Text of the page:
So that's the Star Wars part. The Star Trek part comes entirely in terms of the plot.
Stop me if this sounds like an episode of Star Trek, or a Star Trek movie, or a half-dozen of each you've seen before: A seemingly deserted ship floats on the edge of some sort of space singularity, and to approach it may endanger our intrepid crew. But there could be survivors on board, and they have to figure out the mystery of what happened on that ship. When they do board the ship, they indeed find that it is occupied, most likely with a one-time alley who is no longer quite what he seems. And other ... sinister stuff. Before long, our intrepid crew is involved in an adventure with possibly cataclysmic repercussions.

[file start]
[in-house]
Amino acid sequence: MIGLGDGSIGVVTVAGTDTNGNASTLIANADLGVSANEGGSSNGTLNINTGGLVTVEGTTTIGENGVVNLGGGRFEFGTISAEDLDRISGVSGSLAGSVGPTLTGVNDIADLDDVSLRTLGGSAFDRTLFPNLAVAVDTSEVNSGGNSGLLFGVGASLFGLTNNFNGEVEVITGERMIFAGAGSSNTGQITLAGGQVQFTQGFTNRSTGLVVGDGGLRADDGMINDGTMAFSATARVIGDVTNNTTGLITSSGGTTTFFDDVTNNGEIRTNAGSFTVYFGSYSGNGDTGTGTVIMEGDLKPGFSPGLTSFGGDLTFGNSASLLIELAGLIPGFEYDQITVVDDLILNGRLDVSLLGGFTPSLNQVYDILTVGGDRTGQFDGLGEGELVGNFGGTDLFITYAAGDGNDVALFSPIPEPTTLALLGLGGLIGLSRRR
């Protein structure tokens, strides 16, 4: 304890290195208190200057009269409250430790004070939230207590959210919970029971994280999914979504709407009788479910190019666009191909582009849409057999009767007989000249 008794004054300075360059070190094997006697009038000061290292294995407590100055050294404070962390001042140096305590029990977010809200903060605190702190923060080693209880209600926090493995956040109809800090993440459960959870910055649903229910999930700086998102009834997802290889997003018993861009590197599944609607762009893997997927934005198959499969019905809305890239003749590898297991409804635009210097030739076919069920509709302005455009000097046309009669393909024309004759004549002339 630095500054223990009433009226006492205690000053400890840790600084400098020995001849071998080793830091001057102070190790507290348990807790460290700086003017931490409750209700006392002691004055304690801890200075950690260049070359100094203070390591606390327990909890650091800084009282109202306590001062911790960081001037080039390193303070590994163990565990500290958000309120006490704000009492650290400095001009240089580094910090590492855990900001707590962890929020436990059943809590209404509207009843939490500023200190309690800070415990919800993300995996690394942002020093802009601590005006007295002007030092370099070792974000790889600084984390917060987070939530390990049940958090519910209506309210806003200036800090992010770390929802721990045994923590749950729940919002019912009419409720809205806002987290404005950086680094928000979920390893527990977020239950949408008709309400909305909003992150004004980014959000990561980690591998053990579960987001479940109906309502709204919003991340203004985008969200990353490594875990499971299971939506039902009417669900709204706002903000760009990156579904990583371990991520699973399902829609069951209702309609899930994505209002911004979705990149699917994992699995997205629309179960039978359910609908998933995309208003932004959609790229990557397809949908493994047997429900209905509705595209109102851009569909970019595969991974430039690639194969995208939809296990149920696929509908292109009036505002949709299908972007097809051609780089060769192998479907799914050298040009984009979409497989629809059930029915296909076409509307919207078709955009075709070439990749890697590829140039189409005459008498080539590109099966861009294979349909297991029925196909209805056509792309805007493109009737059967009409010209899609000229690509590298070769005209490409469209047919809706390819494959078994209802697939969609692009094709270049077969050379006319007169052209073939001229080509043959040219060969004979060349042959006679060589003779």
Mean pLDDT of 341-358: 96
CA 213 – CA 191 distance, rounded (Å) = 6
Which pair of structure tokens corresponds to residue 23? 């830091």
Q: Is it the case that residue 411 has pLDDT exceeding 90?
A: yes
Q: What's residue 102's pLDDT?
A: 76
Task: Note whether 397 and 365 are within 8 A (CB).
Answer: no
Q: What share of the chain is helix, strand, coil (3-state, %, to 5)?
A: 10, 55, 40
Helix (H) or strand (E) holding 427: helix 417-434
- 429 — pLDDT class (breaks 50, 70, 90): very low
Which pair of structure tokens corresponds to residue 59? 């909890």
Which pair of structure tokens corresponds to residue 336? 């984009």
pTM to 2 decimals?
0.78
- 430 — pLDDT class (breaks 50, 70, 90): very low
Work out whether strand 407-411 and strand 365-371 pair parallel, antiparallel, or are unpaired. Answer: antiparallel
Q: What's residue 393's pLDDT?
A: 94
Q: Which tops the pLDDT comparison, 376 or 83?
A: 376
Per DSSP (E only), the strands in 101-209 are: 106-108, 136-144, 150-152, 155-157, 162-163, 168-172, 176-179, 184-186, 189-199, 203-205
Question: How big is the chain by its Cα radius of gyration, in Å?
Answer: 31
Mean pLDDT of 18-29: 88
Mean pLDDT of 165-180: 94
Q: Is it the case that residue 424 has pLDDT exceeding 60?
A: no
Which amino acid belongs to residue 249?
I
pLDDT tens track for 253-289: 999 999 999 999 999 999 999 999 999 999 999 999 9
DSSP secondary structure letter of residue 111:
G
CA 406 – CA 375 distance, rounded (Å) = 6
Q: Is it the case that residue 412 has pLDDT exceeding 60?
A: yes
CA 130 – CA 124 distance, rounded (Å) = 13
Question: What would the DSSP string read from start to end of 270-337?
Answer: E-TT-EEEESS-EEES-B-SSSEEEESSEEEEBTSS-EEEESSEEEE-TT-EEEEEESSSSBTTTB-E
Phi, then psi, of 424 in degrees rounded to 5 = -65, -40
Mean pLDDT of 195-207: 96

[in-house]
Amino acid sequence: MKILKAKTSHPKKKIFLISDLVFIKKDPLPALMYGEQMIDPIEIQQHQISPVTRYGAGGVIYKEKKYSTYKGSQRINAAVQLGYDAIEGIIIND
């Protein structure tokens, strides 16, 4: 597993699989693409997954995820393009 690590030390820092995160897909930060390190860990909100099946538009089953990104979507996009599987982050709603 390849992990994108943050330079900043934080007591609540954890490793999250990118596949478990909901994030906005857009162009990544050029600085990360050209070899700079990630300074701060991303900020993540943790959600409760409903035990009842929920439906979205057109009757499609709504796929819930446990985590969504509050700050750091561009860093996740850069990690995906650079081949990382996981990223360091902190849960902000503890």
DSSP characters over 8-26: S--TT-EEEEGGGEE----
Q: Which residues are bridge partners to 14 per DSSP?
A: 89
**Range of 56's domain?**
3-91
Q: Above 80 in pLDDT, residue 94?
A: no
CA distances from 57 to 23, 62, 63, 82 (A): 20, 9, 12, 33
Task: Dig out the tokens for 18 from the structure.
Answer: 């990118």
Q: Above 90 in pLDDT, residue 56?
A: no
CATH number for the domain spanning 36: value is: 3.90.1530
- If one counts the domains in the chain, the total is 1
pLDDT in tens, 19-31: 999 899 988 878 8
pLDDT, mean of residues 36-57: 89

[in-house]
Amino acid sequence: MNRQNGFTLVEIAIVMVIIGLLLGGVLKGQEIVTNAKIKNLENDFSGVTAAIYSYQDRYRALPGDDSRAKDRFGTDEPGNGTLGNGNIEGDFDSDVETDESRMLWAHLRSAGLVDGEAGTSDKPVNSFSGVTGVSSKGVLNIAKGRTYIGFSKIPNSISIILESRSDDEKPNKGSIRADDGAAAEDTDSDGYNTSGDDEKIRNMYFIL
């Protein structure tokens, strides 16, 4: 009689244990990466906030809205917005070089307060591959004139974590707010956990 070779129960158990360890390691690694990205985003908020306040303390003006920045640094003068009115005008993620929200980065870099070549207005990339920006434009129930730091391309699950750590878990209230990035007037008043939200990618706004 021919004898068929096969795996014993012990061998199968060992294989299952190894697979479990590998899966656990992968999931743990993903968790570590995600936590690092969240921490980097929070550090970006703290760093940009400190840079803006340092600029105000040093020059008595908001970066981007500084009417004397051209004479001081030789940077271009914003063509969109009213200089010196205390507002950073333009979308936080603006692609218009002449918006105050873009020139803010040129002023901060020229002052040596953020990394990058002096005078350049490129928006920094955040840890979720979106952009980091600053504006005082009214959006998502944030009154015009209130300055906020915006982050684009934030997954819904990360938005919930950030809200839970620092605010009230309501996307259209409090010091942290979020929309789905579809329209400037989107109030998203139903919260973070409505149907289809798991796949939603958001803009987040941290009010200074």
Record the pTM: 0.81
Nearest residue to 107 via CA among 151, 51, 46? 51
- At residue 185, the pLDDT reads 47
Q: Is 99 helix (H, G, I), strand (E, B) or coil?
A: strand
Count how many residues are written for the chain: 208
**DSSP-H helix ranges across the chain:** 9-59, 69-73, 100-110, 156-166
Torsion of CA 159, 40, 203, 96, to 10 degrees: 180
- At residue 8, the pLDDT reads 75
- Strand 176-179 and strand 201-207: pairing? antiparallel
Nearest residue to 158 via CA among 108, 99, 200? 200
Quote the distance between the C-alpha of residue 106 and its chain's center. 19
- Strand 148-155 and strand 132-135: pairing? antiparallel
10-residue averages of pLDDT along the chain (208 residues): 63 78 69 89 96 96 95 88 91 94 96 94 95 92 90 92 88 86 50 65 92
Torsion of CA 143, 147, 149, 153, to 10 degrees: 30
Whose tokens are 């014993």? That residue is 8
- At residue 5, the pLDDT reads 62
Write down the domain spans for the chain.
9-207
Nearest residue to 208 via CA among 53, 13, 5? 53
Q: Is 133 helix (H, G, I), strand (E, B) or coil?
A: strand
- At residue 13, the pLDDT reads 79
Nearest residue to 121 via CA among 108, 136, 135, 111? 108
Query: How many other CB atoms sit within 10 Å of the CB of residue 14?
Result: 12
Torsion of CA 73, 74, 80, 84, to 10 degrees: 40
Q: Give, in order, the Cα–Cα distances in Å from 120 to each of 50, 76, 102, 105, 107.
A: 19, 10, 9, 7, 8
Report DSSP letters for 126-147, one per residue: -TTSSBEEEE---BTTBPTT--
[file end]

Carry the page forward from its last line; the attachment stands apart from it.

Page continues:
Yeah, that's a Star Trek mission if ever there was one. In fact, even the most recent Star Trek movie from just this year has basically this same setup.
Of course, Star Trek *movies* were not a particular source of inspiration for The Black Hole. Only one of them existed at the time, and it had come out only months earlier. But the TV show had of course been in existence for some time, and it surely helped inspire this story.
But wait, we're not done.
The most unlikely influence on this film is 2001: A Space Odyssey. It's not unlikely because that movie is not good -- it's incredible, of course -- but because it's not commercial. Or not what we thought of as commercial in the post-Star Wars era.